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Tyrone Curtis
Programme Coordinator

Methods Summer Programme
London School of Economics
Houghton Street
London WC2A 2AE

Tel: +44 (0)20 3199 5379

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Real Analysis


Real analysis is the area of mathematics dealing with real numbers and the analytic properties of real-valued functions and sequences. In this course we shall develop concepts such as convergence, continuity, completeness, compactness and convexity in the settings of real numbers, Euclidean spaces, and more general metric spaces.

Real analysis is part of the foundation for further study in mathematics as well as graduate studies in economics. A considerable part of economic theory is difficult to follow without a strong background in real analysis. For example, the concepts of compactness and convexity play an important role in optimisation theory and thus in microeconomics.   

This course in real analysis is designed to meet the needs of economics students who are planning to study at postgraduate level. It is also suitable for mathematics and statistics students. 

Course Benefits
After completing this course students will:

  • gain knowledge of concepts of modern analysis, such as convergence, continuity, completeness, compactness and convexity in the setting of Euclidean spaces and more general metric spaces;
  • develop a higher level of mathematical maturity combined with the ability to think analytically
  • be able to write simple proofs on their own and study rigorous proofs
  • be able to follow more advanced treatments of real analysis and study its applications in disciplines such as economics.

A course on multivariate calculus and linear algebra, both at first year undergraduate level. Furthermore, students need to be familiar with methods of proofs, basic set theory and the properties of real numbers. A revision of this material will be covered in the foundations part of the course and can also be found in Introduction to Real Analysis by Robert G. Bartle and Donald R. Sherbert (2011) [Chapters 1 and 2 and Appendix A].

This course has two components and will be delivered online and on-campus.

Foundation (10-14 August 2015)
This part of the course will be delivered online, and will consist of:

  • Video lectures, delivered in short segments
  • Lecture notes, exercises and solutions.

On the Friday of this week, students will be asked to complete an online diagnostic quiz. Although mandatory, the quiz is not an exam, and passing it is not a prerequisite of attending the course. It is instead intended to give the lecturer an idea of what will need to be looked at on the first afternoon campus session.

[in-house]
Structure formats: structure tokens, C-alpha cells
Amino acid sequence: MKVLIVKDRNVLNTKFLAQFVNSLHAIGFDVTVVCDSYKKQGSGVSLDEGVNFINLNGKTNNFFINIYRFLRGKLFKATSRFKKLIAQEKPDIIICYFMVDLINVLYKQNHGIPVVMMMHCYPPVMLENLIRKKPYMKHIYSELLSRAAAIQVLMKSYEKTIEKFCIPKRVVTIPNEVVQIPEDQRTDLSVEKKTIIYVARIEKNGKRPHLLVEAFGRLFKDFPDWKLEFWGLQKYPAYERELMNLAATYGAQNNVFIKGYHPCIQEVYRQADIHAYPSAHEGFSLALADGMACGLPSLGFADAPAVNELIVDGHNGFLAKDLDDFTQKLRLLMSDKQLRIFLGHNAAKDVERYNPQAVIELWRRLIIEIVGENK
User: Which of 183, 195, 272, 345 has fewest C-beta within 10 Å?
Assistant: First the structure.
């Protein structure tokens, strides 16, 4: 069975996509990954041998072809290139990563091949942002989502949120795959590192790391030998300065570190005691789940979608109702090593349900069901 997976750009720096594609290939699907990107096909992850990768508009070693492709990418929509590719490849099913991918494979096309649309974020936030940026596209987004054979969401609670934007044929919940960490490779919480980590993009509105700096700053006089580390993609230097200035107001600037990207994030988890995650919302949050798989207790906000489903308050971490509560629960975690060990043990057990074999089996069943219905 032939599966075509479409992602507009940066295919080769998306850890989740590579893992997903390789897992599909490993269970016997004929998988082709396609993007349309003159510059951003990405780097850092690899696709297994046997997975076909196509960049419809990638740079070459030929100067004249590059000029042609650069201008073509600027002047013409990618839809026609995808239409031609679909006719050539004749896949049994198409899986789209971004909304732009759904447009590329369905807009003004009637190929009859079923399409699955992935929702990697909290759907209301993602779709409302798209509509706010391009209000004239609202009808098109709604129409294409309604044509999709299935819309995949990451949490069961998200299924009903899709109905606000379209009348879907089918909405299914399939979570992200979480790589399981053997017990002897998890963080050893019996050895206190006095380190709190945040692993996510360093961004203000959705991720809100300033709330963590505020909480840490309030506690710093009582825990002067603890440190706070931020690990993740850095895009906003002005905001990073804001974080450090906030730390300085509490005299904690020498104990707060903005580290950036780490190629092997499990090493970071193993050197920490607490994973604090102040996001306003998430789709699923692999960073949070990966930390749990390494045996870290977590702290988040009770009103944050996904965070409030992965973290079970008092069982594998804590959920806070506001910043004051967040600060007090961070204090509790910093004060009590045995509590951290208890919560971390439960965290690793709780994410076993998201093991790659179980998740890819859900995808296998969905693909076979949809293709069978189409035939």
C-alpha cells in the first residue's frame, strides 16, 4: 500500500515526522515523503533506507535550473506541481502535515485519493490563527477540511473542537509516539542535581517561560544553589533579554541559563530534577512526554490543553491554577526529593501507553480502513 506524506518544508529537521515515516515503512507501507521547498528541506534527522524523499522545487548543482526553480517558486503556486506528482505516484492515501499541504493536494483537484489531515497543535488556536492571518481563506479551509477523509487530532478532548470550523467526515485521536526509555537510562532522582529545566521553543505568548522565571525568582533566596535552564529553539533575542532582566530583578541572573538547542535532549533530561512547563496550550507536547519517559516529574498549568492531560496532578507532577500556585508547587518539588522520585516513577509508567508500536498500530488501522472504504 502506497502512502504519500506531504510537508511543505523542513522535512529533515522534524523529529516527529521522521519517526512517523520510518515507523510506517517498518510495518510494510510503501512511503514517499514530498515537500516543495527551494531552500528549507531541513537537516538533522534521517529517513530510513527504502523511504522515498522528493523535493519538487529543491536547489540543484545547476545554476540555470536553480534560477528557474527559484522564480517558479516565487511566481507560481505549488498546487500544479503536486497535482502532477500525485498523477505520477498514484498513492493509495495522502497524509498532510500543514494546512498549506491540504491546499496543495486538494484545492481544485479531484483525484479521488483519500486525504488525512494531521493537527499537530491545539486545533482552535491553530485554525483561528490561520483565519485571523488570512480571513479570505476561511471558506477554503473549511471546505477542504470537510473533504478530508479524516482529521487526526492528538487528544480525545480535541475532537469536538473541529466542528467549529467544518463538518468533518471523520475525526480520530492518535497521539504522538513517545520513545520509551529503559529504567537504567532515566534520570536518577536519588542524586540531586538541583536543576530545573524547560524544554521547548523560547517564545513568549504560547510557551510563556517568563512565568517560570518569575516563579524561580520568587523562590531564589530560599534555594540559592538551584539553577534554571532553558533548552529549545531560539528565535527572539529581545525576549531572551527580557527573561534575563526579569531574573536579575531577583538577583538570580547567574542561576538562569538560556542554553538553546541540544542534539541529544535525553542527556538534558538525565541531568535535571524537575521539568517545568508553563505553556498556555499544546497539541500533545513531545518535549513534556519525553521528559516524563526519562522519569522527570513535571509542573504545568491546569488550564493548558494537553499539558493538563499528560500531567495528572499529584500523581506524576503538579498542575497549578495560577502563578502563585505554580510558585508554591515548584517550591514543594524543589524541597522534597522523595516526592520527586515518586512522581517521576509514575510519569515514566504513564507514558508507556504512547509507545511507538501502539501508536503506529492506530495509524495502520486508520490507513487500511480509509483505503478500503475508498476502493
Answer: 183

Core (17-28 August 2015)
To be delivered on campus over 9 lectures and 8 classes. Most lectures will involve the use of Class Response System "clickers" to help students think about the concepts and clarify the material covered before attempting exercises.

Assessment: A set of homework exercises (15%) and a two hour comprehensive final exam (85%). The final examination will take place on the afternoon of Friday 28 August 2015.

The course provides a rigorous yet accessible treatment of real analysis and analysis on metric spaces and will be delivered by formal lectures supported by classes. Students are required to solve exercises (homework assignments) on a daily basis. Exercises are a vital part of the course and their solutions will be discussed in the classes.

Part I: Foundations

  • Preliminaries: revision of logic, methods of proof, set theory, and properties of real numbers
  • Sequences in ℝ
  • Infinite series in ℝ

Part II: Core

  • Metric spaces
  • Continuity in ℝ and in metric spaces
  • Differentiation in ℝ and in Euclidean spaces
  • Fixed point theorems
  • Convex functions and sets
  • Separation theorems
  • Applications

Main Texts
There is no set text for this course. A comprehensive course pack with course notes and exercises will be supplied.

Suggested references
Introduction to Real Analysis by Robert G. Bartle and Donald R. Sherbert (2011)
Introduction to Metric and Topological Spaces by W. A. Sutherland (1995)
Principles of Mathematical Analysis by W. Rudin (1976)
The Elements of Real Analysis, by Robert G. Bartle, 2nd edition (1976)
Convex Functions by A. Wayne Robers and Dale E. Varberg. (1973)

The following book is a useful, more advanced complementary reading:
Real Analysis with Economic Applications by Efe A. Ok (2007).

"It's a great programme, and the Real Analysis course is excellent. Eleni truly cares about her students' progress and her teaching style makes a potentially dry subject very entertaining and intuitive."
2014 participant on Real Analysis

"I enrolled in the course Real Analysis because it is very important for an economist but not offered in my university. LSE gave me an opportunity to fill in the gap and I got more than what I came for.  The course was hard but still understandable, and it has given me a clear idea of how analysis works. The teaching method was excellent and the interaction between teachers and students was better than any of my previous experiences."
2013 participant on Real Analysis


Course details

Online component: 10-14 August 2015
On-Campus: 17-28 August 2015

Online component: video lectures
On-campus component: Lectures and classes

Problem sets and 2-hour examination (optional)

New Academic Building, LSE

Teaching faculty
Dr Eleni Katirtzoglou|
Department of Mathematics

Tuition fees
Student rate: $1,435
Academic staff/charity rate: £1,930
Professional rate: £2,425